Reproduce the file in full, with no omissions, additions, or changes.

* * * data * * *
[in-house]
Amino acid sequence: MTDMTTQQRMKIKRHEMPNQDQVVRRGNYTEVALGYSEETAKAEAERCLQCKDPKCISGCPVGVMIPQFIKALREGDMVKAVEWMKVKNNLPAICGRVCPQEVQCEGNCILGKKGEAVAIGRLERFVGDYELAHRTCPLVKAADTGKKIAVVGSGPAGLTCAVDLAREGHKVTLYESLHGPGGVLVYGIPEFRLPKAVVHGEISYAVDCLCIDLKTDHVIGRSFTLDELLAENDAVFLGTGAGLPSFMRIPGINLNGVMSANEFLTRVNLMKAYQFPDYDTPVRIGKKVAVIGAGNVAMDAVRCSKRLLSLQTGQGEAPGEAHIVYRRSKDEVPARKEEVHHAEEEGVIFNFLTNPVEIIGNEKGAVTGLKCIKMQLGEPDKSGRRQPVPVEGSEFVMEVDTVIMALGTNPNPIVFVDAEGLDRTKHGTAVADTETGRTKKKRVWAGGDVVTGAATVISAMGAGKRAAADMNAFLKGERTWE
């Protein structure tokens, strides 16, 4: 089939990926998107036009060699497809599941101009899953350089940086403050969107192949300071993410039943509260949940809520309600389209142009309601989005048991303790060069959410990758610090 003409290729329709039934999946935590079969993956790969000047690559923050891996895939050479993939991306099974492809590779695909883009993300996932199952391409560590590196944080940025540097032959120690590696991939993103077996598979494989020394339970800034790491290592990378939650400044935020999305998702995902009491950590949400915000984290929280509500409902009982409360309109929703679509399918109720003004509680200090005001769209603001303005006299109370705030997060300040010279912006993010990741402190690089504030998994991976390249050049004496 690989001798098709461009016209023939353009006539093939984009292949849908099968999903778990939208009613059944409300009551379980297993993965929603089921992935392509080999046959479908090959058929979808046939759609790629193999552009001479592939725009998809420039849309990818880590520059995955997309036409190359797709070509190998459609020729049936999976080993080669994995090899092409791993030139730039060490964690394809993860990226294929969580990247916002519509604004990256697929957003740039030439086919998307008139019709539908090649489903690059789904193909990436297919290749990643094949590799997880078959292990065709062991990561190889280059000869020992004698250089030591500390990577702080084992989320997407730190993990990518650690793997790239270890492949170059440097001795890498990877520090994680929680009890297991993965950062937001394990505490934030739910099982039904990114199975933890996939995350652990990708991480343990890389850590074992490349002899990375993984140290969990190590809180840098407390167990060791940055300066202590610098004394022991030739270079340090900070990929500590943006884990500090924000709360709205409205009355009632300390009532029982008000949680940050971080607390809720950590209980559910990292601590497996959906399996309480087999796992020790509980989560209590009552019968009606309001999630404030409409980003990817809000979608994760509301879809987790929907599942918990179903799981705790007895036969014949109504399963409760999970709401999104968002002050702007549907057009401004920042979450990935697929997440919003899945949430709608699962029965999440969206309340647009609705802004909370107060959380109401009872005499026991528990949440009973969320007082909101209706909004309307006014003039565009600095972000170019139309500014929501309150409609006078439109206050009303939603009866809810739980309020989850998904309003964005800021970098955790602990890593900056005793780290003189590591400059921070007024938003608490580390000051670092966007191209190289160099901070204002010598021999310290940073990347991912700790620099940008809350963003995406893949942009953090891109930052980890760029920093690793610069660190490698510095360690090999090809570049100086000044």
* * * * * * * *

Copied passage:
[in-house]
Amino acid sequence: MTDMTTQQRMKIKRHEMPNQDQVVRRGNYTEVALGYSEETAKAEAERCLQCKDPKCISGCPVGVMIPQFIKALREGDMVKAVEWMKVKNNLPAICGRVCPQEVQCEGNCILGKKGEAVAIGRLERFVGDYELAHRTCPLVKAADTGKKIAVVGSGPAGLTCAVDLAREGHKVTLYESLHGPGGVLVYGIPEFRLPKAVVHGEISYAVDCLCIDLKTDHVIGRSFTLDELLAENDAVFLGTGAGLPSFMRIPGINLNGVMSANEFLTRVNLMKAYQFPDYDTPVRIGKKVAVIGAGNVAMDAVRCSKRLLSLQTGQGEAPGEAHIVYRRSKDEVPARKEEVHHAEEEGVIFNFLTNPVEIIGNEKGAVTGLKCIKMQLGEPDKSGRRQPVPVEGSEFVMEVDTVIMALGTNPNPIVFVDAEGLDRTKHGTAVADTETGRTKKKRVWAGGDVVTGAATVISAMGAGKRAAADMNAFLKGERTWE
């Protein structure tokens, strides 16, 4: 089939990926998107036009060699497809599941101009899953350089940086403050969107192949300071993410039943509260949940809520309600389209142009309601989005048991303790060069959410990758610090 003409290729329709039934999946935590079969993956790969000047690559923050891996895939050479993939991306099974492809590779695909883009993300996932199952391409560590590196944080940025540097032959120690590696991939993103077996598979494989020394339970800034790491290592990378939650400044935020999305998702995902009491950590949400915000984290929280509500409902009982409360309109929703679509399918109720003004509680200090005001769209603001303005006299109370705030997060300040010279912006993010990741402190690089504030998994991976390249050049004496 690989001798098709461009016209023939353009006539093939984009292949849908099968999903778990939208009613059944409300009551379980297993993965929603089921992935392509080999046959479908090959058929979808046939759609790629193999552009001479592939725009998809420039849309990818880590520059995955997309036409190359797709070509190998459609020729049936999976080993080669994995090899092409791993030139730039060490964690394809993860990226294929969580990247916002519509604004990256697929957003740039030439086919998307008139019709539908090649489903690059789904193909990436297919290749990643094949590799997880078959292990065709062991990561190889280059000869020992004698250089030591500390990577702080084992989320997407730190993990990518650690793997790239270890492949170059440097001795890498990877520090994680929680009890297991993965950062937001394990505490934030739910099982039904990114199975933890996939995350652990990708991480343990890389850590074992490349002899990375993984140290969990190590809180840098407390167990060791940055300066202590610098004394022991030739270079340090900070990929500590943006884990500090924000709360709205409205009355009632300390009532029982008000949680940050971080607390809720950590209980559910990292601590497996959906399996309480087999796992020790509980989560209590009552019968009606309001999630404030409409980003990817809000979608994760509301879809987790929907599942918990179903799981705790007895036969014949109504399963409760999970709401999104968002002050702007549907057009401004920042979450990935697929997440919003899945949430709608699962029965999440969206309340647009609705802004909370107060959380109401009872005499026991528990949440009973969320007082909101209706909004309307006014003039565009600095972000170019139309500014929501309150409609006078439109206050009303939603009866809810739980309020989850998904309003964005800021970098955790602990890593900056005793780290003189590591400059921070007024938003608490580390000051670092966007191209190289160099901070204002010598021999310290940073990347991912700790620099940008809350963003995406893949942009953090891109930052980890760029920093690793610069660190490698510095360690090999090809570049100086000044």